3. Once we encounter any number smaller than `s3`, we know we found a valid sequence since `s1 < s3` implies `s1 < s2`.

RUNTIME: Each item is `pushed` and `popped` once at most, the time complexity is therefore O(n).

EXAMPLE:
`i = 6`, nums = [ 9, 11, 8, 9, 10, 7, `9` ], S1 candidate = `9`, S3 candidate = `None`, Stack = `Empty`
`i = 5`, nums = [ 9, 11, 8, 9, 10, `7`, 9 ], S1 candidate = `7`, S3 candidate = `None`, Stack = `[9]`
`i = 4`, nums = [ 9, 11, 8, 9, `10`, 7, 9 ], S1 candidate = `10`, S3 candidate = `None`, Stack = `[9,7]`
`i = 3`, nums = [ 9, 11, 8, `9`, 10, 7, 9 ], S1 candidate = `9`, S3 candidate = `9`, Stack = `[10]`
`i = 2`, nums = [ 9, 11, `8`, 9, 10, 7, 9 ], S1 candidate = `8`, S3 candidate = `9`, Stack = `[10,9]` We have `8<9`, sequence `(8,10,9)` found!

EDIT: Thanks @Pumpkin78 and @dalwise for pointing out that the maximum candidate for s3 is always the recently popped number from the stack, because if we encounter any entry smaller than the current candidate, the function would already have returned.
EDIT 2: Rephrased explanations and added a sketch of the correctness proof.

``````    bool find132pattern(vector<int>& nums) {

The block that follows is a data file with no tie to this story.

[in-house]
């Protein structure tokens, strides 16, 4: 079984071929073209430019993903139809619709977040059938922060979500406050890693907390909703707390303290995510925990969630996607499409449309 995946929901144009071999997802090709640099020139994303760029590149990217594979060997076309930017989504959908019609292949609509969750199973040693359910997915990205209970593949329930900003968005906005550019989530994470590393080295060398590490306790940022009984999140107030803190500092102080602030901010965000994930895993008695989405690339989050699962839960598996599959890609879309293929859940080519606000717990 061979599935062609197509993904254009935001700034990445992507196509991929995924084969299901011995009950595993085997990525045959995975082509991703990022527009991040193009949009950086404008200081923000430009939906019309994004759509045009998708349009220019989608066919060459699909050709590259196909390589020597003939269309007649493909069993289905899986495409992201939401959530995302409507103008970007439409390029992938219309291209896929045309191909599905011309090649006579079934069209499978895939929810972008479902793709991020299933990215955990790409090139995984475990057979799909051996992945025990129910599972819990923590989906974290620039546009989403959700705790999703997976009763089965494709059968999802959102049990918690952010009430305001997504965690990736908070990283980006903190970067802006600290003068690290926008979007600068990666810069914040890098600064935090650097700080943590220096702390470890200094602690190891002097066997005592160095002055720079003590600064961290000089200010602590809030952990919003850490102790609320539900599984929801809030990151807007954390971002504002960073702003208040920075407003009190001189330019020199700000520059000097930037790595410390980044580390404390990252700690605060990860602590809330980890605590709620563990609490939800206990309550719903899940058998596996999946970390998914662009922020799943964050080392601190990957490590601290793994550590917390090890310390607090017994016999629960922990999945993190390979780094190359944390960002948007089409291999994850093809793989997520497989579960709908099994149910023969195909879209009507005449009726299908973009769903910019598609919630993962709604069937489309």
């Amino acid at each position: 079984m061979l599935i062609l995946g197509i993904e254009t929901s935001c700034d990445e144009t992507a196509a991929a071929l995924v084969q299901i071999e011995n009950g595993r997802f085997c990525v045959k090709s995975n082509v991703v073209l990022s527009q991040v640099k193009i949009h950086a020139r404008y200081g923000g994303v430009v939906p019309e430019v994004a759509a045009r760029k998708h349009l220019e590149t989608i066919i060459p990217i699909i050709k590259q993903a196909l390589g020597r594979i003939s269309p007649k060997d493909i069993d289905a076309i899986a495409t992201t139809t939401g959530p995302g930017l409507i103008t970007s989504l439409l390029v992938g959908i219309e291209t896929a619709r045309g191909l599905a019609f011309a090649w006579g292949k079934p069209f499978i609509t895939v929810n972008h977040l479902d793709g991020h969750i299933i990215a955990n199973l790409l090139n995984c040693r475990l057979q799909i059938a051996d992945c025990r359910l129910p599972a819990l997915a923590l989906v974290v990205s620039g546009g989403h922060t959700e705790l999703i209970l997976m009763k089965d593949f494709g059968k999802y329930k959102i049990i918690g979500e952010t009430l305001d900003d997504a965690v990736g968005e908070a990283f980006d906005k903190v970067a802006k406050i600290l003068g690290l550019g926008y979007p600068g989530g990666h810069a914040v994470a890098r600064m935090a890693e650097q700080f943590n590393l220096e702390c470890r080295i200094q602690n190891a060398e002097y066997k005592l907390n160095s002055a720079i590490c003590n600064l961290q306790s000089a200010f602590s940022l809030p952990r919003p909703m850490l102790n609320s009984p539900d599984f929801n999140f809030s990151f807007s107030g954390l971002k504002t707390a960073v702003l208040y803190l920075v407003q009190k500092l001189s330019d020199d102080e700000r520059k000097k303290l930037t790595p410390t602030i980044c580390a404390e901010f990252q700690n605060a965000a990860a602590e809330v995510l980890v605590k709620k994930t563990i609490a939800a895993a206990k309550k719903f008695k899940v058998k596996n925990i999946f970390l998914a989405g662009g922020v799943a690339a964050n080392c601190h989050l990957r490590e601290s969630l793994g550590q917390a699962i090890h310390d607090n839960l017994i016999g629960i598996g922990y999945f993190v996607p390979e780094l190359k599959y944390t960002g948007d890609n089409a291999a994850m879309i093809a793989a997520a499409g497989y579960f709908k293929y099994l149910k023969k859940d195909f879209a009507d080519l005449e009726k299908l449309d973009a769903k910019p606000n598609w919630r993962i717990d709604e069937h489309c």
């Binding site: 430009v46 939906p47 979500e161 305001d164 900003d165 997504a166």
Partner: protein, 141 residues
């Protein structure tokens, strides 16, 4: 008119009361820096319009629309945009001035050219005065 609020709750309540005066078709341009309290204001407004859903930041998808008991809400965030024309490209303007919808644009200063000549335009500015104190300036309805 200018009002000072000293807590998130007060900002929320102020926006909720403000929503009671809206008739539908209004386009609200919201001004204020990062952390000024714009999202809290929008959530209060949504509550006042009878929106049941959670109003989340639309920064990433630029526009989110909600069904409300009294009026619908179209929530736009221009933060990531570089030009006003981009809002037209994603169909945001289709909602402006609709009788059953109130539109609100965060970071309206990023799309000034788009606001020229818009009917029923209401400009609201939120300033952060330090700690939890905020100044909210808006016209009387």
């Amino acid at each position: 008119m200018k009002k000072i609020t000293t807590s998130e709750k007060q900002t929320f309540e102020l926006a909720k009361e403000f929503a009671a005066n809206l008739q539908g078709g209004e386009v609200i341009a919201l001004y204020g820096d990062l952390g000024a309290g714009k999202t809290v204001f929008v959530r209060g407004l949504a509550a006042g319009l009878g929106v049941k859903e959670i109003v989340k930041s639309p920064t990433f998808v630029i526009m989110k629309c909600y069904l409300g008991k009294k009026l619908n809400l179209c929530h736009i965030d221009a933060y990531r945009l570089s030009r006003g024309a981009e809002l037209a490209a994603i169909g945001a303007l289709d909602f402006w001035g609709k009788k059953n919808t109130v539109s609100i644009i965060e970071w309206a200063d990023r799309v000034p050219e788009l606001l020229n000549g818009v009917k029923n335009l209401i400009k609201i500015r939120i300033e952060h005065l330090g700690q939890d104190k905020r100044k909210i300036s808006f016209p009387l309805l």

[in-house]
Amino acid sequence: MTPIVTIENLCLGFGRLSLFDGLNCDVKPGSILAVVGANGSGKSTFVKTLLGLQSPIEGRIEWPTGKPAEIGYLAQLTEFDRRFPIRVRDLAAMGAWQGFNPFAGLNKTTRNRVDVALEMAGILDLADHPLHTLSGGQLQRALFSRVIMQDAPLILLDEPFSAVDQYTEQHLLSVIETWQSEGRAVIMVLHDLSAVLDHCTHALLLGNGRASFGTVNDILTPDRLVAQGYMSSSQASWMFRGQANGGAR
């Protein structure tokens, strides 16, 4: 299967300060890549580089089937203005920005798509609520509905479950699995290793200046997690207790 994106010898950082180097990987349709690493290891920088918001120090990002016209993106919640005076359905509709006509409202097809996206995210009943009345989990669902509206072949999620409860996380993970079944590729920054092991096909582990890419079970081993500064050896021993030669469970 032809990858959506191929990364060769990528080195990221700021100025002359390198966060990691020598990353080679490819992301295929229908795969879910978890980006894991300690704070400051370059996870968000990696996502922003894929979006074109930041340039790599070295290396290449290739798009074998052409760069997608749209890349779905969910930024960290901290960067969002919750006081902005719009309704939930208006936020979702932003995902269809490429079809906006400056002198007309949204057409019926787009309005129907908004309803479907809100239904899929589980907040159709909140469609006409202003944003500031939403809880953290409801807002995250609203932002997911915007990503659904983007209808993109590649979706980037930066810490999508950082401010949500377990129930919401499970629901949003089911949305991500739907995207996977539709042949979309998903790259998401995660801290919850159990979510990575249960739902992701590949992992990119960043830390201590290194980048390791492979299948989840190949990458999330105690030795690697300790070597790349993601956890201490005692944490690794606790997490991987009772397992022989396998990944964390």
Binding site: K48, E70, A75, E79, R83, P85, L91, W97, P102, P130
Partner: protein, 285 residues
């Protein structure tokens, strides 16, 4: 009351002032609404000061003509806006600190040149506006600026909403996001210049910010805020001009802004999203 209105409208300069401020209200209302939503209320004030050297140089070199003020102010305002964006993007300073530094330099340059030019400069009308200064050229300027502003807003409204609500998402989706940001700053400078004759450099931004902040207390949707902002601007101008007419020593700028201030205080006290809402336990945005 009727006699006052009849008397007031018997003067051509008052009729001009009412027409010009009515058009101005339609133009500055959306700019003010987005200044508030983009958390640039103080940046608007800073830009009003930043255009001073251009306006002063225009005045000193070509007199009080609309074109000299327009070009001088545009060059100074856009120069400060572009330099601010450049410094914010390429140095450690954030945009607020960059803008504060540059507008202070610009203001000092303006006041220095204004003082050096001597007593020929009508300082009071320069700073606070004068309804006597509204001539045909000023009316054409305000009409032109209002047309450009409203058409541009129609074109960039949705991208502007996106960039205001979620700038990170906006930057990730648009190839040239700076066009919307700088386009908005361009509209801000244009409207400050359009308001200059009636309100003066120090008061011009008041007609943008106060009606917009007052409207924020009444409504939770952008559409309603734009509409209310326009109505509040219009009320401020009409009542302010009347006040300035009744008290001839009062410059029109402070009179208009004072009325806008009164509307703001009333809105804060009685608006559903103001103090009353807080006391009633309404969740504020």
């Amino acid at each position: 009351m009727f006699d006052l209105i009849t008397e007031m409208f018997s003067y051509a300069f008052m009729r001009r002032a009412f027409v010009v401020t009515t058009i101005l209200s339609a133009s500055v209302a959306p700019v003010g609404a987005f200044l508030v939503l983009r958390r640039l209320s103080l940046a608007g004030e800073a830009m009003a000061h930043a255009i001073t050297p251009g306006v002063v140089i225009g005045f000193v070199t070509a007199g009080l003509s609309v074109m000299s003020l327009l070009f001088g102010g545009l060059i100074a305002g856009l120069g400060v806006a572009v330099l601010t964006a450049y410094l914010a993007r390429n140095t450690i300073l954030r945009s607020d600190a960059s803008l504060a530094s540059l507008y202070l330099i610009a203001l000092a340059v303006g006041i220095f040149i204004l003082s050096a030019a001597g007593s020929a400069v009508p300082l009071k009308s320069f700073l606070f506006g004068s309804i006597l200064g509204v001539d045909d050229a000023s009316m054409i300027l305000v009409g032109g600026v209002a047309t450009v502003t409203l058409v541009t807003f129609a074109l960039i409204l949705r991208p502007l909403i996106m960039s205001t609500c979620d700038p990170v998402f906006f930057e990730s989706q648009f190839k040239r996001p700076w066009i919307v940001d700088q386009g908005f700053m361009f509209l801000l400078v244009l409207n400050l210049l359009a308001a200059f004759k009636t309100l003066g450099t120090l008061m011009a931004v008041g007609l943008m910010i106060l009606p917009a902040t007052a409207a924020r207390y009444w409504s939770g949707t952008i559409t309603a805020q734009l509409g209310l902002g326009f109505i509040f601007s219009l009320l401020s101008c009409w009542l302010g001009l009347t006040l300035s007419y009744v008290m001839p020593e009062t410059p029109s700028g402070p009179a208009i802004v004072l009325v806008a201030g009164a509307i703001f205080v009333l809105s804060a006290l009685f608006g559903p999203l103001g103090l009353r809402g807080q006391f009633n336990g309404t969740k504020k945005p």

int s3 = INT_MIN;
stack<int> st;
for( int i = nums.size()-1; i >= 0; i -- ){
if( nums[i] < s3 ) return true;
else while( !st.empty() && nums[i] > st.top() ){
s3 = st.top(); st.pop();
}
st.push(nums[i]);
}
return false;
}
``````

• Brilliant solution.

I wrote a Java version, just 5 lines

``````public boolean find132pattern(int[] nums) {
Stack<Integer> stack = new Stack<>();
for (int i = nums.length - 1, two = Integer.MIN_VALUE; i >= 0; stack.push(nums[i--]))
if (nums[i] < two) return true;
else for (; !stack.empty() && nums[i] > stack.peek(); two = Math.max(two, stack.pop()));
return false;
}``````

• Great solution. I realized that s3 (or k) should be actually the top of the stack since this stack is tracking all s3 (k) candidates.